A large crowd had gathered and we had a feeling of sadness that we would not be seeing this legend of Australian Motor Sport again.

    On arriving home I just had to re-read his last book, David McKays Scuderia Veloce, which I thoroughly recommend as a testament to his career and as a history of Australian Motor Sport, especially the decade from the late fifties, through his eyes.
    Very David... all of it... very David!

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    Ray (& others),

    I can only but agree with you all as to the esteem in which David Mckay was held as a motoring journalist.

    Growing up in the 50's & 60's in a family which was very much french car oriented (Renault & Peugeot), I would follow the road tests & reports of all the then journalists, but especially David's.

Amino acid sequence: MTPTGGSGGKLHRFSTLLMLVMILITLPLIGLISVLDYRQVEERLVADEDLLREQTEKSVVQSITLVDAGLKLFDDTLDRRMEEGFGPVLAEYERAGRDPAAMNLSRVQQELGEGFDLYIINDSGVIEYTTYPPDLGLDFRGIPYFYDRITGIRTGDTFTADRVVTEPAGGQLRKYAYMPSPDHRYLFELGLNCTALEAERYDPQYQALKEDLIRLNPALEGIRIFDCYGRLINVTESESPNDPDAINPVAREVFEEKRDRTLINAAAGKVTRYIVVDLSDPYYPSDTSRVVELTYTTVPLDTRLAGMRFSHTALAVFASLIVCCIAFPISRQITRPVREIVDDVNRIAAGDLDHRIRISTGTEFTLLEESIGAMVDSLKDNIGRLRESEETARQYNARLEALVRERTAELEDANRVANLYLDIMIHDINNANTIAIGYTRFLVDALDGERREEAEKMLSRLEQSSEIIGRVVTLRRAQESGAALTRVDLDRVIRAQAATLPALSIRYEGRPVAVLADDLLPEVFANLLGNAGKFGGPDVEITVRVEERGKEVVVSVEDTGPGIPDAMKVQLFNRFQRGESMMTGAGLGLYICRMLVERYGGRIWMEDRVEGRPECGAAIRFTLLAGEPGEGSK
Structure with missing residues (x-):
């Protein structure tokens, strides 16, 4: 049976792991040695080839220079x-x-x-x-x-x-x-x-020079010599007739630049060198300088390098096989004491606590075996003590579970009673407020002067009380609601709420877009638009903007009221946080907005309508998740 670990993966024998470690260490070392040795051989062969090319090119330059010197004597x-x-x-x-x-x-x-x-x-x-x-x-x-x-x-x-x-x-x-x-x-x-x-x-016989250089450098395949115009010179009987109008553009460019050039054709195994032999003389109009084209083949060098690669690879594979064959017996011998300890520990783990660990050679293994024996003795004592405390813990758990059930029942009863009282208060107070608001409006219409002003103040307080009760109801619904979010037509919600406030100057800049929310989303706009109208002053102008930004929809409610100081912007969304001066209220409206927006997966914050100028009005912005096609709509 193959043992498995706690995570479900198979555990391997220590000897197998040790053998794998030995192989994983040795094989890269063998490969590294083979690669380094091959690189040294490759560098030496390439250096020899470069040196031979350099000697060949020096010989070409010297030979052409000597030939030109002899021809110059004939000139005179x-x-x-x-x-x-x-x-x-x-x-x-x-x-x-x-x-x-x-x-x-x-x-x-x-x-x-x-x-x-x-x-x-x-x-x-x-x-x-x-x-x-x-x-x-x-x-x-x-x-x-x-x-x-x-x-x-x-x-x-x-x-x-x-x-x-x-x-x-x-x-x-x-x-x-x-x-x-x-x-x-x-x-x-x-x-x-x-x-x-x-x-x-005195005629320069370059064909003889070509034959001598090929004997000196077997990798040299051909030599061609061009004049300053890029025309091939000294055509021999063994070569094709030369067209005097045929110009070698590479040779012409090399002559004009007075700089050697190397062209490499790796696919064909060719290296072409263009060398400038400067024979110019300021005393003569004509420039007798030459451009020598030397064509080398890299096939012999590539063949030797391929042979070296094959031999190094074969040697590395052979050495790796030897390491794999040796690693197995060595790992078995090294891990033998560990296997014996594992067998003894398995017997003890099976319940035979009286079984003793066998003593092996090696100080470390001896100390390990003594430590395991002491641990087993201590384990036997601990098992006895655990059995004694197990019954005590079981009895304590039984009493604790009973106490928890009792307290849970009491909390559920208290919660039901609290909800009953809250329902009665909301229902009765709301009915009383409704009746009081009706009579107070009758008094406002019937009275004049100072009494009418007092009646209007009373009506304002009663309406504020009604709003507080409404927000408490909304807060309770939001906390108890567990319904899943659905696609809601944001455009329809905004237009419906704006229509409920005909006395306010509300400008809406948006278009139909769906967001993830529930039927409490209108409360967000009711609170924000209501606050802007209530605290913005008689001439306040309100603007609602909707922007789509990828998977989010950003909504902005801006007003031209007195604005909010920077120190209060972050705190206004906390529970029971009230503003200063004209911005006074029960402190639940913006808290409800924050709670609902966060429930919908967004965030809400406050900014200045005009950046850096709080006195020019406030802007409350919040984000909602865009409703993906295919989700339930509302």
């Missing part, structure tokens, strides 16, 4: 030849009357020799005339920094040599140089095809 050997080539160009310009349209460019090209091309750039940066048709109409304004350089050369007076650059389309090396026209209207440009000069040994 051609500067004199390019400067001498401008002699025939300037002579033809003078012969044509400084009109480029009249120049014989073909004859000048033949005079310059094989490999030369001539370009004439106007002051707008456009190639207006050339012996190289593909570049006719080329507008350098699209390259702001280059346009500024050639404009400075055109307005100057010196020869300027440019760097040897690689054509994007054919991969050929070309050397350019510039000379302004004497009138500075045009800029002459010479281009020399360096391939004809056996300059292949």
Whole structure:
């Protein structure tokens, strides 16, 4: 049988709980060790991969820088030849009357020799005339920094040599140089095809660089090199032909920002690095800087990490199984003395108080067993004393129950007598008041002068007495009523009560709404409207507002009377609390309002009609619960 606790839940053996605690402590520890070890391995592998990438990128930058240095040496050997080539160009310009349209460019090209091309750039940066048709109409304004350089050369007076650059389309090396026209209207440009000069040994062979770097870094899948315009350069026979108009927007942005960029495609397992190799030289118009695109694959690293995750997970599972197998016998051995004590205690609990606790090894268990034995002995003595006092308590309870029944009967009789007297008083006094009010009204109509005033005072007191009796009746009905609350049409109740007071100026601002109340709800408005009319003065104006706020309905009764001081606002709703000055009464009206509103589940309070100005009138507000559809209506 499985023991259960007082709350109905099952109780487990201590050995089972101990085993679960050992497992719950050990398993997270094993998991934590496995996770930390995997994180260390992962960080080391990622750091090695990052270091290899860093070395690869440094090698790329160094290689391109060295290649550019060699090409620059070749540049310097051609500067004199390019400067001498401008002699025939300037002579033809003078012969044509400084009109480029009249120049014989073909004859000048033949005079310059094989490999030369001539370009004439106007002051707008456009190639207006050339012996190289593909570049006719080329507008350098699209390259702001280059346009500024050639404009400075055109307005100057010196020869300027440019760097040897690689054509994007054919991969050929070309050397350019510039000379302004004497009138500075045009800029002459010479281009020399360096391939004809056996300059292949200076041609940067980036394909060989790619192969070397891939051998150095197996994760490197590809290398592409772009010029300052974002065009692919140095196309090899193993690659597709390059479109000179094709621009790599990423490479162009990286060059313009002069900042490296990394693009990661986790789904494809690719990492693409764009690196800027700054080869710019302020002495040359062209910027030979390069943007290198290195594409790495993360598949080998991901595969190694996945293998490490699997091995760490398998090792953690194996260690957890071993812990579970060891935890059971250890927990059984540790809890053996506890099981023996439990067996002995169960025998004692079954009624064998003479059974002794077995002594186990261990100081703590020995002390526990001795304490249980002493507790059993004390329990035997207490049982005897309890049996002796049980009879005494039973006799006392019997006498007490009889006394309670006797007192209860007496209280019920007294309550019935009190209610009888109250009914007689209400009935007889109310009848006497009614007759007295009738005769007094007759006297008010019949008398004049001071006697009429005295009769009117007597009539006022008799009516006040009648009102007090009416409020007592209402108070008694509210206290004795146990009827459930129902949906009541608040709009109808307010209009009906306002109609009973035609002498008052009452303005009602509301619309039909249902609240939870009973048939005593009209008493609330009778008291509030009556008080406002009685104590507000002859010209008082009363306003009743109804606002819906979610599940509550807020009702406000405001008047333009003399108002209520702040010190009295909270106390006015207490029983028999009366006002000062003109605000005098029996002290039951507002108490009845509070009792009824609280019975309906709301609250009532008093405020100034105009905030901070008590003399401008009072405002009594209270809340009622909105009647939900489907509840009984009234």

At the risk of being accused of having rose coloured spectacles, it seemed that David McKay's reports were always honest, praiseworthy, and constructively critical when appropriate. He obviously had no ties to any manufacturer or badge upon whom his daily bread depended! May he rest in peace in the great auto-museum of the hereafter.

    Yes, the Peugeot 504 diesel of Bob Watson & Gary Harrowfield (Peugeot / Renault dealer principal at Ballarat) was numbered car 11, and finished 11th outright. A lot of the preparations (additional underbody & sump protection etc) were carried out at the Renault Moorabbin workshop under the scrutiny of another doyen of rally car preparations, Enzo Dozzi. Enzo worked as a Renault / Peugeot service representative, and had some legendary results with rally cars.